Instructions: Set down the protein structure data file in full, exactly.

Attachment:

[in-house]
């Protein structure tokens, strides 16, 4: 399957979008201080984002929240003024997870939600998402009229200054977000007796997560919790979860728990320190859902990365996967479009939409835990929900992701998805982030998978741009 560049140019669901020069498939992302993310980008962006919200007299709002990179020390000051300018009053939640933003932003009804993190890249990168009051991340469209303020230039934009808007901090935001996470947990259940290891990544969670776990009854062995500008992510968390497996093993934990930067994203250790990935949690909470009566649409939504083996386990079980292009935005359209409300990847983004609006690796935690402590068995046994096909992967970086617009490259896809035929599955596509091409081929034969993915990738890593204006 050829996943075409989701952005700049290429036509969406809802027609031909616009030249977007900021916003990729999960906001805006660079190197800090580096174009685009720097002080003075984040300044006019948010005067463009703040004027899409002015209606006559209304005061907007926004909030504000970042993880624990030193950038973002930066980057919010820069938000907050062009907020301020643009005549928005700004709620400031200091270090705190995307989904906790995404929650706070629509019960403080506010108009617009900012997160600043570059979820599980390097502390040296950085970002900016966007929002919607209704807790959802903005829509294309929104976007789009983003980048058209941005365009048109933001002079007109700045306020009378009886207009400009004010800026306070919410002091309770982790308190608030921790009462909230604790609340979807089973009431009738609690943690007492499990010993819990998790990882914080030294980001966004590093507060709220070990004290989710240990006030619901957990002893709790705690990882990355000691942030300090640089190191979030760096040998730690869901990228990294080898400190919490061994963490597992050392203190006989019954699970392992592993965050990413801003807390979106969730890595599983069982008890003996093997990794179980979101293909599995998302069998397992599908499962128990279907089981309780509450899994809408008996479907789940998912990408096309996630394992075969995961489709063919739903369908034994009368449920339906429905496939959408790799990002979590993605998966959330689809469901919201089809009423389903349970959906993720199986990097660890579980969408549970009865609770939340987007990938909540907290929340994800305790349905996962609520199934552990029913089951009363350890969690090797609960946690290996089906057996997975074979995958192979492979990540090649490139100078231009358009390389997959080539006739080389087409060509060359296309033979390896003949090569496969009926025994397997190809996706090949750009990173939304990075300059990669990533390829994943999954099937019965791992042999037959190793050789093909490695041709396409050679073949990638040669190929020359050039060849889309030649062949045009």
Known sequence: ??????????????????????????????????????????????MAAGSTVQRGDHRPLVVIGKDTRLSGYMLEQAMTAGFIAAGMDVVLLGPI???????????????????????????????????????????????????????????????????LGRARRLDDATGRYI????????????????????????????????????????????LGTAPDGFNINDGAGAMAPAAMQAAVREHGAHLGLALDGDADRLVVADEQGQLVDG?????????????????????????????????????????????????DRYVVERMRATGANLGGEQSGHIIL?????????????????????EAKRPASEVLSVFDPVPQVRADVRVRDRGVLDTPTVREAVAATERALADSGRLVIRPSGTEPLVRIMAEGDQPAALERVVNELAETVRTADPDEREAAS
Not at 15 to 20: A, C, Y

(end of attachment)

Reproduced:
[in-house]
């Protein structure tokens, strides 16, 4: 399957979008201080984002929240003024997870939600998402009229200054977000007796997560919790979860728990320190859902990365996967479009939409835990929900992701998805982030998978741009 560049140019669901020069498939992302993310980008962006919200007299709002990179020390000051300018009053939640933003932003009804993190890249990168009051991340469209303020230039934009808007901090935001996470947990259940290891990544969670776990009854062995500008992510968390497996093993934990930067994203250790990935949690909470009566649409939504083996386990079980292009935005359209409300990847983004609006690796935690402590068995046994096909992967970086617009490259896809035929599955596509091409081929034969993915990738890593204006 050829996943075409989701952005700049290429036509969406809802027609031909616009030249977007900021916003990729999960906001805006660079190197800090580096174009685009720097002080003075984040300044006019948010005067463009703040004027899409002015209606006559209304005061907007926004909030504000970042993880624990030193950038973002930066980057919010820069938000907050062009907020301020643009005549928005700004709620400031200091270090705190995307989904906790995404929650706070629509019960403080506010108009617009900012997160600043570059979820599980390097502390040296950085970002900016966007929002919607209704807790959802903005829509294309929104976007789009983003980048058209941005365009048109933001002079007109700045306020009378009886207009400009004010800026306070919410002091309770982790308190608030921790009462909230604790609340979807089973009431009738609690943690007492499990010993819990998790990882914080030294980001966004590093507060709220070990004290989710240990006030619901957990002893709790705690990882990355000691942030300090640089190191979030760096040998730690869901990228990294080898400190919490061994963490597992050392203190006989019954699970392992592993965050990413801003807390979106969730890595599983069982008890003996093997990794179980979101293909599995998302069998397992599908499962128990279907089981309780509450899994809408008996479907789940998912990408096309996630394992075969995961489709063919739903369908034994009368449920339906429905496939959408790799990002979590993605998966959330689809469901919201089809009423389903349970959906993720199986990097660890579980969408549970009865609770939340987007990938909540907290929340994800305790349905996962609520199934552990029913089951009363350890969690090797609960946690290996089906057996997975074979995958192979492979990540090649490139100078231009358009390389997959080539006739080389087409060509060359296309033979390896003949090569496969009926025994397997190809996706090949750009990173939304990075300059990669990533390829994943999954099937019965791992042999037959190793050789093909490695041709396409050679073949990638040669190929020359050039060849889309030649062949045009």
Known sequence: ??????????????????????????????????????????????MAAGSTVQRGDHRPLVVIGKDTRLSGYMLEQAMTAGFIAAGMDVVLLGPI???????????????????????????????????????????????????????????????????LGRARRLDDATGRYI????????????????????????????????????????????LGTAPDGFNINDGAGAMAPAAMQAAVREHGAHLGLALDGDADRLVVADEQGQLVDG?????????????????????????????????????????????????DRYVVERMRATGANLGGEQSGHIIL?????????????????????EAKRPASEVLSVFDPVPQVRADVRVRDRGVLDTPTVREAVAATERALADSGRLVIRPSGTEPLVRIMAEGDQPAALERVVNELAETVRTADPDEREAAS
Not at 15 to 20: A, C, Y